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Vol. LXVI, No. 13
June 20, 2014
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NIAIDís Jeang Honored with Memorial Garden, Lecture

The garden features a center granite medallion inlaid with the logo of a journal founded by Jeang.
The garden features a center granite medallion inlaid with the logo of a journal founded by Jeang.
On May 15, in memory of Dr. Kuan-Teh Jeang, the first Jeang Memorial Lecture took place in Lipsett Amphitheater and the Society of Chinese Bioscientists in America (SCBA) Washington, D.C., chapter dedicated the Jeang Memorial Garden to NIH.

Teh, as Jeang was known to friends and colleagues, was a world-class retrovirologist, a dedicated mentor and a renowned advocate for increased representation of Asian and other minority scientists in leadership positions in America. He served as president of SCBA from 2010-2012. Under his leadership, the society has united Chinese bioscientists from Taiwan, Hong Kong and mainland China into one society with one goal.

NIH has established an annual Jeang Memorial Lecture series to honor his legacy. Dr. Yuan Chang of the University of Pittsburgh Cancer Institute gave the first Jeang lecture. She spoke of her friendship with Jeang and her discovery of Kaposi sarcoma-associated herpes virus and Merkel cell polyomavirus, two of only seven viruses known to cause human cancers.

The Jeang Memorial Garden, located between Bldgs. 31 and 6, became a reality due to a large number of donations collected by SCBA, deep involvement of Jeang’s family and strong support from NIH. The garden features a center granite medallion that is inlaid with the logo of Retrovirology, an open-access journal founded by Jeang, and a boulder with a plaque recounting his accomplishments.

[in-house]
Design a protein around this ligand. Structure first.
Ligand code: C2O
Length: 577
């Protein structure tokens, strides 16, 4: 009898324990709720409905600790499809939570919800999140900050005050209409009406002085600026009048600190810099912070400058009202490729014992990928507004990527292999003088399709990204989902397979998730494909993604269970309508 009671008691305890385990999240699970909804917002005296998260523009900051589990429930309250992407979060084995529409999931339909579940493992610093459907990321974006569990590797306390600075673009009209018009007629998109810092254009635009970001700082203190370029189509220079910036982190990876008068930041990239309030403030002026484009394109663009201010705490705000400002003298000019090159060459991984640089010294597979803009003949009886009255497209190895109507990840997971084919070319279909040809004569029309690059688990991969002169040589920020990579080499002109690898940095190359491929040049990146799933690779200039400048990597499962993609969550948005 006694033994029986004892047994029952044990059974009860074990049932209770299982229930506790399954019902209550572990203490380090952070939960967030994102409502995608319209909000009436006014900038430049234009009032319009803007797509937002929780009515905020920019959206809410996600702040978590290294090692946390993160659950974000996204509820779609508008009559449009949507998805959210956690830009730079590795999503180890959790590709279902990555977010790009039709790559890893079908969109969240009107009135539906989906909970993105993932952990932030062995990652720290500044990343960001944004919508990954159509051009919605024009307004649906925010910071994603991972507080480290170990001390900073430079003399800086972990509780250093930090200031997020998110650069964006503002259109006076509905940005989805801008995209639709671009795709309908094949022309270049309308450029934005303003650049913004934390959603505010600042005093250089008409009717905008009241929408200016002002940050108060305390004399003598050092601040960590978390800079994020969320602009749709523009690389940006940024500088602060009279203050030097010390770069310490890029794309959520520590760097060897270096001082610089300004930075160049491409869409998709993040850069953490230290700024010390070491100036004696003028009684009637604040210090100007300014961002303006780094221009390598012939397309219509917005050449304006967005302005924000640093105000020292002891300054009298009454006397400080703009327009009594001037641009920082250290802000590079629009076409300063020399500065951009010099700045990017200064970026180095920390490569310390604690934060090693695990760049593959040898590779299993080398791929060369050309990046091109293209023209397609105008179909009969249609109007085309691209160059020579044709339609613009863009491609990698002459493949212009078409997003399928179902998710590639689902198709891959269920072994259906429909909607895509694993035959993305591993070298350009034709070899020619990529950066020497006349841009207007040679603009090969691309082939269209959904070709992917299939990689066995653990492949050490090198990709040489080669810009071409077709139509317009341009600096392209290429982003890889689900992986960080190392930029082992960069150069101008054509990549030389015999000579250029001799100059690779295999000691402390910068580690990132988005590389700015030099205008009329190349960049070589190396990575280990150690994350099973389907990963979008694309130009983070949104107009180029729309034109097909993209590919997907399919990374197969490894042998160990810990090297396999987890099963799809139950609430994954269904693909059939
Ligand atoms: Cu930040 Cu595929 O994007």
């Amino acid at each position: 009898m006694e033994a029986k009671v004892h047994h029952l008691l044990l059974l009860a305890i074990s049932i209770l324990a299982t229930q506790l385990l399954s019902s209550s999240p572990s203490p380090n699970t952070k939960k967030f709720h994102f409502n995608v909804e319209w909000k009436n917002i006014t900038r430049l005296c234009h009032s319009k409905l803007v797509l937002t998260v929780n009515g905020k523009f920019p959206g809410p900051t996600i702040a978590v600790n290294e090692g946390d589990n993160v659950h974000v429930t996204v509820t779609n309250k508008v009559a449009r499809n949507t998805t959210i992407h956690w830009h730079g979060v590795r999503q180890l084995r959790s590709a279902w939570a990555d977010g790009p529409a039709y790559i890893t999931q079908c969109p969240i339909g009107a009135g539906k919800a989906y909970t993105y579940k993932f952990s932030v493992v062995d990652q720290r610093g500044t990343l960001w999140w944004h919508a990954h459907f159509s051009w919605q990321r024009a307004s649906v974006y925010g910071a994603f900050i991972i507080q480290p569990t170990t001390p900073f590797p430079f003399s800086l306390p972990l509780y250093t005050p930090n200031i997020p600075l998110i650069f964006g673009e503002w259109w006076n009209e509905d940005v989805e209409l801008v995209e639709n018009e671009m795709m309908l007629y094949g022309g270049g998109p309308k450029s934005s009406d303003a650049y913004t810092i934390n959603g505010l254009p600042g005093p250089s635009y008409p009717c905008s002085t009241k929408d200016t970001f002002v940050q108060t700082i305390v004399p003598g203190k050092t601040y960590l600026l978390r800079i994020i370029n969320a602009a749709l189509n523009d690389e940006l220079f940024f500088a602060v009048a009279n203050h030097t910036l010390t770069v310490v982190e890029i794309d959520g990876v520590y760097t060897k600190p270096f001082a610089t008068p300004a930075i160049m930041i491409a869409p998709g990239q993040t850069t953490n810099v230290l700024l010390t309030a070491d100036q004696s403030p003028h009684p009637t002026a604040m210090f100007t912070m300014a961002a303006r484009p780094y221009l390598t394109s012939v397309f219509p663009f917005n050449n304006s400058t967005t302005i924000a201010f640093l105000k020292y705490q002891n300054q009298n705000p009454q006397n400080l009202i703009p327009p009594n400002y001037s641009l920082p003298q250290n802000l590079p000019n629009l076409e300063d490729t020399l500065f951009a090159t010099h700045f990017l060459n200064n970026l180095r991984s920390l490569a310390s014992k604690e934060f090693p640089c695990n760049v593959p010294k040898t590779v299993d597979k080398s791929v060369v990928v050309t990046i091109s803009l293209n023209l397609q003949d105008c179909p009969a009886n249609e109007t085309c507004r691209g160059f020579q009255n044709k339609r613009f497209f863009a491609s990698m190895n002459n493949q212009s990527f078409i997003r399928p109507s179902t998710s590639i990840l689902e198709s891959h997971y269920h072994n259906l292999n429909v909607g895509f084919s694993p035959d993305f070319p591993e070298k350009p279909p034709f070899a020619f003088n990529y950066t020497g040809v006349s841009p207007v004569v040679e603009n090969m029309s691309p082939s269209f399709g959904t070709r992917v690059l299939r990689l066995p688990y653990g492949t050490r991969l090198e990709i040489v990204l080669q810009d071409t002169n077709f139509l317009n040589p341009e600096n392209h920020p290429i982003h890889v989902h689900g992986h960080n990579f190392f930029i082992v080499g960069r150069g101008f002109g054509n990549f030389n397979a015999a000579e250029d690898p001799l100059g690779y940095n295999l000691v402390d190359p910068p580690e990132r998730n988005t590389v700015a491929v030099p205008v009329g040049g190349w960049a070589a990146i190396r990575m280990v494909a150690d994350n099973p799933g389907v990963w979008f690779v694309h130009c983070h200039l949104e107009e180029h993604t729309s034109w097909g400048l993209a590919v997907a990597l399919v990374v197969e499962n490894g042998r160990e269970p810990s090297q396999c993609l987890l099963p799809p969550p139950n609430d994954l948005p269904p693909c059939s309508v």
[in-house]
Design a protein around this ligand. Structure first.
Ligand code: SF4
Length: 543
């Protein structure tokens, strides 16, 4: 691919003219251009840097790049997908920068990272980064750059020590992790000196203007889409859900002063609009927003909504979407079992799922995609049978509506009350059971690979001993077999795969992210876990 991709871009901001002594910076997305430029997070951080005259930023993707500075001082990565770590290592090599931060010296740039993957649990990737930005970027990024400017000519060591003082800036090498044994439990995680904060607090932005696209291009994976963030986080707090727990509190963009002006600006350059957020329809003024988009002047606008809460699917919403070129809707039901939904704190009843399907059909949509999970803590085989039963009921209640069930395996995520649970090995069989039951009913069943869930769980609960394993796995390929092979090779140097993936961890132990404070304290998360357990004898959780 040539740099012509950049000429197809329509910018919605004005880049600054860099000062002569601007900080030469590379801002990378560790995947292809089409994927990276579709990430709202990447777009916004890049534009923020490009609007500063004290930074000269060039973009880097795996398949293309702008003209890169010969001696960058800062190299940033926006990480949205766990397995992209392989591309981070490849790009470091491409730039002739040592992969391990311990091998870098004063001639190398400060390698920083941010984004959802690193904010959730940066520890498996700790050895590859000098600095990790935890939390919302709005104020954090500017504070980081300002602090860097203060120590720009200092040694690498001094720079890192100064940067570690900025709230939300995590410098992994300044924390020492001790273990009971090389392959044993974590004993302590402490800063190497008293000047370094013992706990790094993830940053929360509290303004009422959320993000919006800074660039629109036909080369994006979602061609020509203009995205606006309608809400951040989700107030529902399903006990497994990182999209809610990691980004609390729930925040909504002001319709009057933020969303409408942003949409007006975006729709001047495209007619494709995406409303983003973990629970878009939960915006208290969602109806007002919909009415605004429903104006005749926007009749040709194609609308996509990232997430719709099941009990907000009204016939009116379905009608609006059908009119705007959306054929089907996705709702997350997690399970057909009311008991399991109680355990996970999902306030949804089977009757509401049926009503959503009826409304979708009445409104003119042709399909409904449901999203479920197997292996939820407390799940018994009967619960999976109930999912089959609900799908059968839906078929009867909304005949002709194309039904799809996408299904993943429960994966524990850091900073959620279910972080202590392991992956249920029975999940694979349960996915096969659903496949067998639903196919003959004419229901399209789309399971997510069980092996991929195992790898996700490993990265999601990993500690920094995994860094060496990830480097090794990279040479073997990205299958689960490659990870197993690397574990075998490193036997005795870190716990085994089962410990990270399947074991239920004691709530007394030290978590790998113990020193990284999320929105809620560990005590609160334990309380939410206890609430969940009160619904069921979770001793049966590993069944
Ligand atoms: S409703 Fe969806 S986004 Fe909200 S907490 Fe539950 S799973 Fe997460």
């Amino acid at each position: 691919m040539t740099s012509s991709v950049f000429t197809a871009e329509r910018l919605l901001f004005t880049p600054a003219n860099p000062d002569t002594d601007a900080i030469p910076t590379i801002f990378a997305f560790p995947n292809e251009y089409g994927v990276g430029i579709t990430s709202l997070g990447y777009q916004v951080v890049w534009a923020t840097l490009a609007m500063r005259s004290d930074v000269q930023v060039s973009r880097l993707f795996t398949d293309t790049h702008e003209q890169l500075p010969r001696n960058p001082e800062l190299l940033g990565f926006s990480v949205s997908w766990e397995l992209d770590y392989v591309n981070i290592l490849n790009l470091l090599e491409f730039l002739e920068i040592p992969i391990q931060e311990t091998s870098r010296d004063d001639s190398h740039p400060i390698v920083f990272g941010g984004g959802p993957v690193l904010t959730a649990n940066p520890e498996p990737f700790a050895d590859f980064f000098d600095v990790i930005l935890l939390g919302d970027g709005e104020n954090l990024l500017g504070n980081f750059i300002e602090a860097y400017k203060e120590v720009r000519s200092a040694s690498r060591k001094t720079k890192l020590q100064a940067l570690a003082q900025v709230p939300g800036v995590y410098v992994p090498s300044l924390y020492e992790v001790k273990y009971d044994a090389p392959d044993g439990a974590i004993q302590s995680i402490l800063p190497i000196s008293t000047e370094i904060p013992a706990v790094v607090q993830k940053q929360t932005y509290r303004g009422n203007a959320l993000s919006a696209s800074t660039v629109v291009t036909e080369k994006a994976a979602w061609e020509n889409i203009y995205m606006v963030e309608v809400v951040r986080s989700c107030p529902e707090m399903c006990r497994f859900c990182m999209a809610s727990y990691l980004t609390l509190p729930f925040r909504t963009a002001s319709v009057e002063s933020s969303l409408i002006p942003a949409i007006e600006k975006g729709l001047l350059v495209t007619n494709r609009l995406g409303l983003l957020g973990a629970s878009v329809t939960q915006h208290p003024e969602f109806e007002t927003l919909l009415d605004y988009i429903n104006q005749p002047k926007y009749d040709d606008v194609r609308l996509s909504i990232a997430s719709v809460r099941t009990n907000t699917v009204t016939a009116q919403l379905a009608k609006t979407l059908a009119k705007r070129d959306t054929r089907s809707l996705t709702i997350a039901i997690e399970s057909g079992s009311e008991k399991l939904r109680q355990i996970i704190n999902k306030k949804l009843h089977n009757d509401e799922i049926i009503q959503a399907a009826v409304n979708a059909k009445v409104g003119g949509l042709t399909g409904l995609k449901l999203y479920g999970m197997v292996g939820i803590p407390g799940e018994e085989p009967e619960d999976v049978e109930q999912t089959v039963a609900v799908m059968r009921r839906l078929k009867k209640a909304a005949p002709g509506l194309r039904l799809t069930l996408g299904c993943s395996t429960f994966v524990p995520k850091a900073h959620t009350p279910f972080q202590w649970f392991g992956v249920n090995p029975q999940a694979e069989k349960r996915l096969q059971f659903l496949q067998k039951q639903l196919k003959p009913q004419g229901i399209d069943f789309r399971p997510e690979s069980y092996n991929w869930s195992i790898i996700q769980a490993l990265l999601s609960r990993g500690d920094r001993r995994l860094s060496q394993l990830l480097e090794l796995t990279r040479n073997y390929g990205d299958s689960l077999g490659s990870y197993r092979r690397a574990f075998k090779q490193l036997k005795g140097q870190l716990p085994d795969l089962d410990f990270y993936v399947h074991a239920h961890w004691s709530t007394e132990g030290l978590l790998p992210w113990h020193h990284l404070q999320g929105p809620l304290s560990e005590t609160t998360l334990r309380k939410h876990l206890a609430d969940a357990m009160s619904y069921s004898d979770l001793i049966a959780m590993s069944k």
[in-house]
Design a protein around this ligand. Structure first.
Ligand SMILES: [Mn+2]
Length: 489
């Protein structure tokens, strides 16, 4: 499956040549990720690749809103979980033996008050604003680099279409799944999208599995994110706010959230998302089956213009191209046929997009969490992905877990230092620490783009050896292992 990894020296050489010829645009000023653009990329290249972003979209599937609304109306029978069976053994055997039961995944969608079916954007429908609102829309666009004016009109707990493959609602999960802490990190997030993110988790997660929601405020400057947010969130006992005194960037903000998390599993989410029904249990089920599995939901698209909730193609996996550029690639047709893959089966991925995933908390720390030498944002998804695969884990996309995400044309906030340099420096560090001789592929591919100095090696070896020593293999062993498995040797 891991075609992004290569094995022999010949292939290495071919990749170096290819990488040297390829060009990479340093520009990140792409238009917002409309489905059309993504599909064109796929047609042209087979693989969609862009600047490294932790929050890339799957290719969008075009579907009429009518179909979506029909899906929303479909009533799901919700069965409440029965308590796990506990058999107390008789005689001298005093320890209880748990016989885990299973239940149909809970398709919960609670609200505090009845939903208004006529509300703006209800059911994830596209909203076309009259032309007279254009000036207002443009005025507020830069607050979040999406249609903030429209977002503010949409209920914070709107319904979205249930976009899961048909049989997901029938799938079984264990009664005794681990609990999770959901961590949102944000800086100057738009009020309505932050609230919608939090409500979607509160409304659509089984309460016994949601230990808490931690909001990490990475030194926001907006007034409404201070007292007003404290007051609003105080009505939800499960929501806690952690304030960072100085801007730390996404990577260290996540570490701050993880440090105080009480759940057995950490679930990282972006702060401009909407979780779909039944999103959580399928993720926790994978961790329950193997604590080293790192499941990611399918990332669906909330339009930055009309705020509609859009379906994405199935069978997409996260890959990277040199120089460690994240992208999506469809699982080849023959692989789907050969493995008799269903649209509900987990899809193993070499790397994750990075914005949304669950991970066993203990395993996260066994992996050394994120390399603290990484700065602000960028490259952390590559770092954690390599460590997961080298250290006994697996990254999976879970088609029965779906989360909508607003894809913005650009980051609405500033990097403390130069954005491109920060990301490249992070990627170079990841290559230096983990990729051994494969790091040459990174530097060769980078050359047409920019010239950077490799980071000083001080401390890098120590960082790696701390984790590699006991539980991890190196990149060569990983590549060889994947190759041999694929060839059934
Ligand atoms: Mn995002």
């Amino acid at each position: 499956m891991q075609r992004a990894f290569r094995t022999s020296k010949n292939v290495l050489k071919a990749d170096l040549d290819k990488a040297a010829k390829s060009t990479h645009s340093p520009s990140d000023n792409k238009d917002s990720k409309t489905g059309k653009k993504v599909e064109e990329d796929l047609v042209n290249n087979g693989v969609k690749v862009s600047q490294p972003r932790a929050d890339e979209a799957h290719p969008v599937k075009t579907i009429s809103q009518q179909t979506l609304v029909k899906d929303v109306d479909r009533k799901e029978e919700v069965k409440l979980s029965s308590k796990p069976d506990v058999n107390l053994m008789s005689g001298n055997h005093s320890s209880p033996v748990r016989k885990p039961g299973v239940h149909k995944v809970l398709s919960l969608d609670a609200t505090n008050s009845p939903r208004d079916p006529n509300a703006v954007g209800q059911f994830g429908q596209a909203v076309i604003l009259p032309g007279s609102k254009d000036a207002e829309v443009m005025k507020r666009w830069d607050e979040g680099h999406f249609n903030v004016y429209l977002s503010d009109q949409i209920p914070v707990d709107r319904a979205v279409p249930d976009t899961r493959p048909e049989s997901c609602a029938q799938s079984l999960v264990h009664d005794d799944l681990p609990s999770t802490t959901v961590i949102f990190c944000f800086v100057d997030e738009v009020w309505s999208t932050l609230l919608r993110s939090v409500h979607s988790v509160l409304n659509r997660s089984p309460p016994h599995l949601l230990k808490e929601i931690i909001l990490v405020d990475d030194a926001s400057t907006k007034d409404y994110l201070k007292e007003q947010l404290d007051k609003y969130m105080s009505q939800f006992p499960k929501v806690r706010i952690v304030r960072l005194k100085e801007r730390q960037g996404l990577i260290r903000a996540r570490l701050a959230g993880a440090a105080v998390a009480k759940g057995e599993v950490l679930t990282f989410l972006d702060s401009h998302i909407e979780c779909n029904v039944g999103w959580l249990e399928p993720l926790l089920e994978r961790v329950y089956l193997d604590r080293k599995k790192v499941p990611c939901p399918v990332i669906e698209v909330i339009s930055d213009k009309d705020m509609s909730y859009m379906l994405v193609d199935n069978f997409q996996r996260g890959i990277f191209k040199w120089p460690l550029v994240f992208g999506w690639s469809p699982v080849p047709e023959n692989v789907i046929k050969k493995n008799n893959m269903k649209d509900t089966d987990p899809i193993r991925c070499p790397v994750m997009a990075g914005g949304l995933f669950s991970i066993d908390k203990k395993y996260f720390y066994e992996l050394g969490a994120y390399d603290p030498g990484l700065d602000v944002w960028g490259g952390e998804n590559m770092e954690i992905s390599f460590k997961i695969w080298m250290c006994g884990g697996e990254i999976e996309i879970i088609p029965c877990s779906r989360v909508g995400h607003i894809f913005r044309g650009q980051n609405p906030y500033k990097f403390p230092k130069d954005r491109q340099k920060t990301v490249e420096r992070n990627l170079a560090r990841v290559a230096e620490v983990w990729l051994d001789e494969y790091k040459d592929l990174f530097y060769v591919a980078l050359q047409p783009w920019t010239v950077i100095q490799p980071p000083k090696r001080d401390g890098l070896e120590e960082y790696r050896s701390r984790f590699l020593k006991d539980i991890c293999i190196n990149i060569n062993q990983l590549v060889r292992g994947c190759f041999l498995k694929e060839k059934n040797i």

The garden dedication ceremony was hosted by Dr. Paul Liu of NHGRI. Jeang’s widow, Diane Jeang, gave heartfelt comments about Jeang and what this garden meant to her and her family. As the medallion and the plaque were unveiled by representatives of the Jeang family and SCBA, sun penetrated the clouds.

Dr. Anthony Fauci, NIAID director, humorously reminisced about lab meetings he shared with Jeang. Dr. Malcolm Martin, a long-time colleague and Jeang’s lab chief at NIAID, paid tribute to Jeang’s remarkable mentorship of nearly 40 students and postdoctoral trainees during his tenure at NIH.

Dr. Karen Kibler, a former postdoctoral fellow in Jeang’s lab, recounted his intense curiosity, vigorous passion and his honest and straightforward style, ending with a comment from one of Jeang’s trainees: “Forever, thank you, Teh.”

Dr. Michael Gottesman, NIH deputy director for intramural research, closed the ceremony, pledging that the NIH would continue its efforts to provide equal opportunity for Chinese, Asian and minority scientists.

On hand for dedication of the Jeang Memorial Garden are (from l) Diana Jeang (Jeang’s daughter), Yunbo Shi, Lan Lin (daughter of Jeang’s cousin), Dr. Karen Kibler, Krishna Banaudha, Chen Jeang (Jeang’s brother), Diane Jeang (Jeang’s widow), Dr. Michael Gottesman, Dr. Richard Nakamura, Dr. Malcolm Martin, Wei Yang, Zhi-ming Zheng, Barbara Thomas (Jeang’s mother-in-law), Jessica Jeang (Jeang’s niece) and Dr. Paul Liu. Below is the dedicatory plaque mounted on a display rock.
On hand for dedication of the Jeang Memorial Garden are (from l) Diana Jeang (Jeang’s daughter), Yunbo Shi, Lan Lin (daughter of Jeang’s cousin), Dr. Karen Kibler, Krishna Banaudha, Chen Jeang (Jeang’s brother), Diane Jeang (Jeang’s widow), Dr. Michael Gottesman, Dr. Richard Nakamura, Dr. Malcolm Martin, Wei Yang, Zhi-ming Zheng, Barbara Thomas (Jeang’s mother-in-law), Jessica Jeang (Jeang’s niece) and Dr. Paul Liu. Below is the dedicatory plaque mounted on a display rock.
the dedicatory plaque mounted on a display rock.

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